SPLTRAK Abstract Submission
Olfaction, a Sex Attractant, and Tsetse Flies
John R. Carlson1, Shimaa A.M. Ebrahim1, Hany K.M. Dweck1, Sebastian Chahda1, Neeraj Soni1, Brian Weiss2
1Dept. of Molecular, Cellular and Developmental Biology, Yale University, New Haven, CT, United States
2Dept. of Epidemiology of Microbial Disease, Yale School of Public Health, New Haven, CT, United States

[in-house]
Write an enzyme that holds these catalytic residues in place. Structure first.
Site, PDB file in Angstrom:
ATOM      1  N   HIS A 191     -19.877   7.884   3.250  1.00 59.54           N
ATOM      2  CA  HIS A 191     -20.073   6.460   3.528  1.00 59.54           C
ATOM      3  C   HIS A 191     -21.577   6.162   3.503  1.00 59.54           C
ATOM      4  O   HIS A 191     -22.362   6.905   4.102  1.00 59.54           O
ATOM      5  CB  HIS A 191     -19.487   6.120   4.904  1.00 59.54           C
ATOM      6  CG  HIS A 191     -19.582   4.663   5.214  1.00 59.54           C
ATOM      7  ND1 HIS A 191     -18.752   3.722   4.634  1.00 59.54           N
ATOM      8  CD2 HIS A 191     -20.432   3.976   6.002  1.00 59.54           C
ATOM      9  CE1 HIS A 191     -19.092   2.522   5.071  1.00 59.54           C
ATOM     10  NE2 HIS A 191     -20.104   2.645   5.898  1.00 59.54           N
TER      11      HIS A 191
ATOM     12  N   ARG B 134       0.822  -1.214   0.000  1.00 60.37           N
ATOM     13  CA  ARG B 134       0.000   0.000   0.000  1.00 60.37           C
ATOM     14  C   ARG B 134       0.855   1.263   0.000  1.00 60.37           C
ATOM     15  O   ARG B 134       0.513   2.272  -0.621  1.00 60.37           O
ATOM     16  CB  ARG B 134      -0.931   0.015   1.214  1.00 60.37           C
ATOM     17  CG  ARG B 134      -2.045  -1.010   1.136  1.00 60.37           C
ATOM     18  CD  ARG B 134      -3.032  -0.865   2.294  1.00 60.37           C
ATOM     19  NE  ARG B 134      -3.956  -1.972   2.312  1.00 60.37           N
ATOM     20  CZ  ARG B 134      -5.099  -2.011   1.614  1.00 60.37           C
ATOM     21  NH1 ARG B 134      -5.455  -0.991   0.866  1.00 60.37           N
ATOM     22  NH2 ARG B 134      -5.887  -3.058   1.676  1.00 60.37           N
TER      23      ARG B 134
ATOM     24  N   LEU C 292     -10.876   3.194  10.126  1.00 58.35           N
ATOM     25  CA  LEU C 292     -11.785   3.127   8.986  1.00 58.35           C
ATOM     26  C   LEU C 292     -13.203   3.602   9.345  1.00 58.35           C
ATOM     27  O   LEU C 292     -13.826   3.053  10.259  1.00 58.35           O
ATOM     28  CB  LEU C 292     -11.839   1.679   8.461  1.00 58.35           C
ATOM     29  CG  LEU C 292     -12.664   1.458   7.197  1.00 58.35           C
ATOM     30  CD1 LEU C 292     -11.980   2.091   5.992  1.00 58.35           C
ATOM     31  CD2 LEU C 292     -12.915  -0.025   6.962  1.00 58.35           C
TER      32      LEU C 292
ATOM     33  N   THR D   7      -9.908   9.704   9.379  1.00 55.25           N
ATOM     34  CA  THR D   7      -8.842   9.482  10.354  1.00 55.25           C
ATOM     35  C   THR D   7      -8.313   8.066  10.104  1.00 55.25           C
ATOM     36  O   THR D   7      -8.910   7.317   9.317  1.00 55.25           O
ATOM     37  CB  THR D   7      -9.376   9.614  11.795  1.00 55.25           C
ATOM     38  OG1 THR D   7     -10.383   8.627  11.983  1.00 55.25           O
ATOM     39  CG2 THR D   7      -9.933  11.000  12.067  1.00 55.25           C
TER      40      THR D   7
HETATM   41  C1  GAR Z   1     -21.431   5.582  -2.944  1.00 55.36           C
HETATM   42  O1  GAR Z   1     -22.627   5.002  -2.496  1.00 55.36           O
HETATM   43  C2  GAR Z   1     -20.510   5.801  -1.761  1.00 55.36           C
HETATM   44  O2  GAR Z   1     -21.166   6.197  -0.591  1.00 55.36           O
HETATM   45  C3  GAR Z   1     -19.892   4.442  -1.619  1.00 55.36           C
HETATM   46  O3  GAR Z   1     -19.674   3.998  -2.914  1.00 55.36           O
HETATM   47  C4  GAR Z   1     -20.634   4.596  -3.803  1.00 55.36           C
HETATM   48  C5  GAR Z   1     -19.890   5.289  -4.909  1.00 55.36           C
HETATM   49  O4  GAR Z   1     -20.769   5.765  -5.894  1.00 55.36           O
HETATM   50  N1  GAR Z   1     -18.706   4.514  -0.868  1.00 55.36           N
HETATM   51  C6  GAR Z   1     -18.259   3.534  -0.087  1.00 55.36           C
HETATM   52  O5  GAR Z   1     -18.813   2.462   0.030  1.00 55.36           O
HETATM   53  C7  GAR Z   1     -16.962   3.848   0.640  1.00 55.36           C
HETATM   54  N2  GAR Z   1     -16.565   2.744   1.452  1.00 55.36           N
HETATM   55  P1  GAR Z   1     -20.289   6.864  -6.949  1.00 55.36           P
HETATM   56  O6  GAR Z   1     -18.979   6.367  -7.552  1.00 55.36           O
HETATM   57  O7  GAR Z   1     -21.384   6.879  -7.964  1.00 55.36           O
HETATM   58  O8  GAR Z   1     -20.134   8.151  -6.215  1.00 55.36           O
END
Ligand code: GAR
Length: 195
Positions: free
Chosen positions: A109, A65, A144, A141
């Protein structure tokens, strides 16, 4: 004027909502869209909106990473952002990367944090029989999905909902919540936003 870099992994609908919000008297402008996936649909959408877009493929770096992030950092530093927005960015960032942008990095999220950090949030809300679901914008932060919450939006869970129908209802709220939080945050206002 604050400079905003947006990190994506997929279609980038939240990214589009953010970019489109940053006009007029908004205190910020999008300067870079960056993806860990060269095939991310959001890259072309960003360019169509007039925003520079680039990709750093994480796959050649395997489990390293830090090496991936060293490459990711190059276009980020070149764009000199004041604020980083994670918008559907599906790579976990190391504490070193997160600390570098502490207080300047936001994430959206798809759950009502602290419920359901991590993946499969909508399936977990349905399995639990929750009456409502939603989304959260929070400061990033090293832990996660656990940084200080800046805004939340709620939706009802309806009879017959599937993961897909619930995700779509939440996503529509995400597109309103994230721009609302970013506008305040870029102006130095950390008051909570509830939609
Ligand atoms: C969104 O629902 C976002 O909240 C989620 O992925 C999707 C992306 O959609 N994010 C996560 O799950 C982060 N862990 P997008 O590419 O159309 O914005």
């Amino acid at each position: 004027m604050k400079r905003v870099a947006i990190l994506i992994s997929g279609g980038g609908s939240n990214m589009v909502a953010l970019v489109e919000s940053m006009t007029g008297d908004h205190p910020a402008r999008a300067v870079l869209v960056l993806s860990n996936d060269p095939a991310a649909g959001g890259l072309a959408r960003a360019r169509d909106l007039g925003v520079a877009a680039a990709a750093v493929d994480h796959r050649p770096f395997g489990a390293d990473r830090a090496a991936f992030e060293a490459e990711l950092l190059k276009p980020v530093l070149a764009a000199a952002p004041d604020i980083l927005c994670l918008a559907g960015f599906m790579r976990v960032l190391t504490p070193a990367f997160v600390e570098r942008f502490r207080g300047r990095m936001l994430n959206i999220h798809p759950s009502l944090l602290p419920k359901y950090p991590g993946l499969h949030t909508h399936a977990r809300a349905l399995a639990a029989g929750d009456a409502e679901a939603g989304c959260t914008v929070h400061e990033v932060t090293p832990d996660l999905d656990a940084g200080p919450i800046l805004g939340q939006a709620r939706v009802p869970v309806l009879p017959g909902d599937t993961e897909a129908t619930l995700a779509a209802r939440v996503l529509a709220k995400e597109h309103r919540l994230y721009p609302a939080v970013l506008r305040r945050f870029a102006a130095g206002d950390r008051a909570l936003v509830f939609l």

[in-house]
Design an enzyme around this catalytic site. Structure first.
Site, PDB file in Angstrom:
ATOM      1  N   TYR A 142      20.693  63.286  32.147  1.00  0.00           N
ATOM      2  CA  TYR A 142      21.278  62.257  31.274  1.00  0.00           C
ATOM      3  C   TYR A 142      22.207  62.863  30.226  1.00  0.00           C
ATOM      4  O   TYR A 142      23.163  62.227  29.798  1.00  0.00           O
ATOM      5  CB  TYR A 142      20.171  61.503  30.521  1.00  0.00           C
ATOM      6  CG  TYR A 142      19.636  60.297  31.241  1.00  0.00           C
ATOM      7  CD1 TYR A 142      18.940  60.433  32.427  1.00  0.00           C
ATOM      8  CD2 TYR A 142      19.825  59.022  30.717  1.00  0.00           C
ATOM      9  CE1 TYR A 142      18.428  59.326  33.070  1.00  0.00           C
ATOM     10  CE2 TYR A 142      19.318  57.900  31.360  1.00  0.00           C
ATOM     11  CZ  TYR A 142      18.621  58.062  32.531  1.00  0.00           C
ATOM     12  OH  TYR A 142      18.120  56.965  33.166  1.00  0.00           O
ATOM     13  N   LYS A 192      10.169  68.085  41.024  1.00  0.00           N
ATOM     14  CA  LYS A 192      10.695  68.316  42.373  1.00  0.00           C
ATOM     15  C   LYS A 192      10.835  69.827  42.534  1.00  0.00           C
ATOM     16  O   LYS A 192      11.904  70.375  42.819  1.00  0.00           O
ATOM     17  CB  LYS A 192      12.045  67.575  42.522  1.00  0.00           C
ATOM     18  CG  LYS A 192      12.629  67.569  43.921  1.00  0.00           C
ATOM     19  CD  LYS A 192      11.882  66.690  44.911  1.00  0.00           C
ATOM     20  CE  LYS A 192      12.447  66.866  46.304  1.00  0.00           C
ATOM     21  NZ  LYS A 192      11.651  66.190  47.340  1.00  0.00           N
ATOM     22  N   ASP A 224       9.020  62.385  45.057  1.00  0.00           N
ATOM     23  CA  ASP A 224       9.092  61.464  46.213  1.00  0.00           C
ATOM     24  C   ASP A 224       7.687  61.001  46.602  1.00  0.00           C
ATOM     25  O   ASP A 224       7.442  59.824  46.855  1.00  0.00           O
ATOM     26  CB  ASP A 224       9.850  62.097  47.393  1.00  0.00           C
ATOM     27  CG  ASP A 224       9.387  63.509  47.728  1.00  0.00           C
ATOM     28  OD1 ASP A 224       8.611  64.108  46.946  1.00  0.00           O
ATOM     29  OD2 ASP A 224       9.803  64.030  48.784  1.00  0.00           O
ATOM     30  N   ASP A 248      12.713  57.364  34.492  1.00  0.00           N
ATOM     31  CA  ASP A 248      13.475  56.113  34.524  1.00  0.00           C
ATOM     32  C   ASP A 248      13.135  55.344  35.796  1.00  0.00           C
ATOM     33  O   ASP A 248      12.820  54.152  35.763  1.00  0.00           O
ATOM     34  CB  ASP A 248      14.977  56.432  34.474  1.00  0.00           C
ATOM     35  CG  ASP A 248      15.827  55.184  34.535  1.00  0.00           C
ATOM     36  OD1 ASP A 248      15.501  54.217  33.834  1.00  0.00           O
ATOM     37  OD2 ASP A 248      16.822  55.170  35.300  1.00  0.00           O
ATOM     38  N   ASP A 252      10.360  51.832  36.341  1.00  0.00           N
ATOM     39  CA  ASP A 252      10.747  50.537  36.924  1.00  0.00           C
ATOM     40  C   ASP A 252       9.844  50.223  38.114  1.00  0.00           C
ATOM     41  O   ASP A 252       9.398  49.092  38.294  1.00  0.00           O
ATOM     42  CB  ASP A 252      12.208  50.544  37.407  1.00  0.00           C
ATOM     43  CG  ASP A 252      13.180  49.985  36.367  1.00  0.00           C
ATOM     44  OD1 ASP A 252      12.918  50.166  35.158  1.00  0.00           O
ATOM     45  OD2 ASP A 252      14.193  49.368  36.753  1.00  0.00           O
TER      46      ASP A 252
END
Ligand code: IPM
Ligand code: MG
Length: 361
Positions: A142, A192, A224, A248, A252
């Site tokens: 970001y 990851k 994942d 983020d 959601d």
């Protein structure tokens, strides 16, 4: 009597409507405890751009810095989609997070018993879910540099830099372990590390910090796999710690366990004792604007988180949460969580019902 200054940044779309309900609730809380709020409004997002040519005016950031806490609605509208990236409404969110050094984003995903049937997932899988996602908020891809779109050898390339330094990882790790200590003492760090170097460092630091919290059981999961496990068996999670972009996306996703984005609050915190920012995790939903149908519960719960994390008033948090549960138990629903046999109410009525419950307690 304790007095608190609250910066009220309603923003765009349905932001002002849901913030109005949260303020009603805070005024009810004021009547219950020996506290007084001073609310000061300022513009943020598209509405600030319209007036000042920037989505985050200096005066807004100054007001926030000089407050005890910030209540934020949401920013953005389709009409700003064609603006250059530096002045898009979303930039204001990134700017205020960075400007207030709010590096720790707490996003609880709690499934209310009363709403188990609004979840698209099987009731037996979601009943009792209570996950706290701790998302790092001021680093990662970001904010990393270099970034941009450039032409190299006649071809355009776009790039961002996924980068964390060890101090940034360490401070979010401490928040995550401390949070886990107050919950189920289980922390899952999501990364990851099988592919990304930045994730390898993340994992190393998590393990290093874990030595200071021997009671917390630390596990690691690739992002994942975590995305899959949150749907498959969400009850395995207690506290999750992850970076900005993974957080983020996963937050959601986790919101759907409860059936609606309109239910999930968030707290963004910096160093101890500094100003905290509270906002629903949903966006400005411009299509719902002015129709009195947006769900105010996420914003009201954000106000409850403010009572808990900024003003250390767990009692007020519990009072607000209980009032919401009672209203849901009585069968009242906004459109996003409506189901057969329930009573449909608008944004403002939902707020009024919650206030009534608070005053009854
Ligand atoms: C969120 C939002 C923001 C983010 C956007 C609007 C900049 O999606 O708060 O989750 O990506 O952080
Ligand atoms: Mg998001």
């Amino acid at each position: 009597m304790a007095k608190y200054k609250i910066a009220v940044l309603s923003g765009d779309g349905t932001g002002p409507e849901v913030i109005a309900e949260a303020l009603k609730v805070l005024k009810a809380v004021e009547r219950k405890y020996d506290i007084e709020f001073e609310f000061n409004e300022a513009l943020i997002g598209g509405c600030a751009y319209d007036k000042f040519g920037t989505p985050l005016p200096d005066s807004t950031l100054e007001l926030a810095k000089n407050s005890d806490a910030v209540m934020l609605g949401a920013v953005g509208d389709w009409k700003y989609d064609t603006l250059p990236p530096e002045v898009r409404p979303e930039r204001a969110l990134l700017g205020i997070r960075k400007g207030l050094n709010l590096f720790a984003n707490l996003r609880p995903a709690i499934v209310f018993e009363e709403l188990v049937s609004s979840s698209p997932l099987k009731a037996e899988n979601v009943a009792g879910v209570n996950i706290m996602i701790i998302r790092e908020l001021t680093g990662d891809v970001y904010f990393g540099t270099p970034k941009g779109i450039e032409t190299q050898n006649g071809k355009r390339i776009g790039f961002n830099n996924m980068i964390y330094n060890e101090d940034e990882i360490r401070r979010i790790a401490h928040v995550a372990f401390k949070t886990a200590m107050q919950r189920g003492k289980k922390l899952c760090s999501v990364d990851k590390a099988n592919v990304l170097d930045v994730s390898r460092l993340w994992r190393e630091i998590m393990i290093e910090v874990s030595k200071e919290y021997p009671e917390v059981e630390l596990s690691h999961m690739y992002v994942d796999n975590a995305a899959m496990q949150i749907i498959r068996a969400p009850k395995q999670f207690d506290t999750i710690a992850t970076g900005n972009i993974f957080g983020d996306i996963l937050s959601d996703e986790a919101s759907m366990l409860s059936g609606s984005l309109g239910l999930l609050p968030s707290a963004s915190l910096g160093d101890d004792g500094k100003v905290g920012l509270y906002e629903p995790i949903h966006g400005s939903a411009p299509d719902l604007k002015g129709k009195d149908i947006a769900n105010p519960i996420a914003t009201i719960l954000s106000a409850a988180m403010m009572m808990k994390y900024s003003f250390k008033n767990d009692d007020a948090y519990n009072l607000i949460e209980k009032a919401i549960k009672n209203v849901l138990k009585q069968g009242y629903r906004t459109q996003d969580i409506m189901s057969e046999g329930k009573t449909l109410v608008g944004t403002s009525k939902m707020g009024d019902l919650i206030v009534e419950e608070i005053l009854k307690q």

The work of Gordon Shepherd has inspired generations of researchers studying olfaction in a wide range of organisms.  Chemical communication in insects is elegant in concept and sophisticated in design. Pheromones are used by many insects to recognize a conspecific in a habitat that may contain thousands of insect species. However, little is known about chemical communication in tsetse flies.  Tsetse spreads disease across much of sub-Saharan Africa. They can carry African trypanosomes, which they transmit when they bite humans or animals. In humans the parasites cause African Sleeping Sickness, and in livestock they cause a disease called nagana, which has a devastating effect on the economic development of Africa.                                                                                                                                                      The antenna of the tsetse fly Glossina morsitans contains four classes of olfactory sensilla. Sensilla in one region of the antenna were found via electrophysiology to respond to a variety of odorants, via both excitatory and inhibitory responses. Certain odor receptors of tsetse respond to host odors in an in vivo expression system.  Screening of odorants that activate one receptor has identified 2-propanol as a candidate for an environmentally friendly and practical tsetse attractant. We recently found that G. morsitans produces compounds that elicit strong behavioral responses from males. Methyl palmitoleate (MPO), methyl palmitate (MP), and methyl oleate (MO) elicit male behavioral responses in two paradigms.  Perfuming a virgin female of another Glossina species with MPO elicits mounting behavior from a G. morsitans male. All three compounds elicit electrophysiological responses from ORNs of G. morsitans. In addition, we found that infection with trypanosomes modulated the chemical profile in mated flies, and that infected females had reduced receptivity to mating.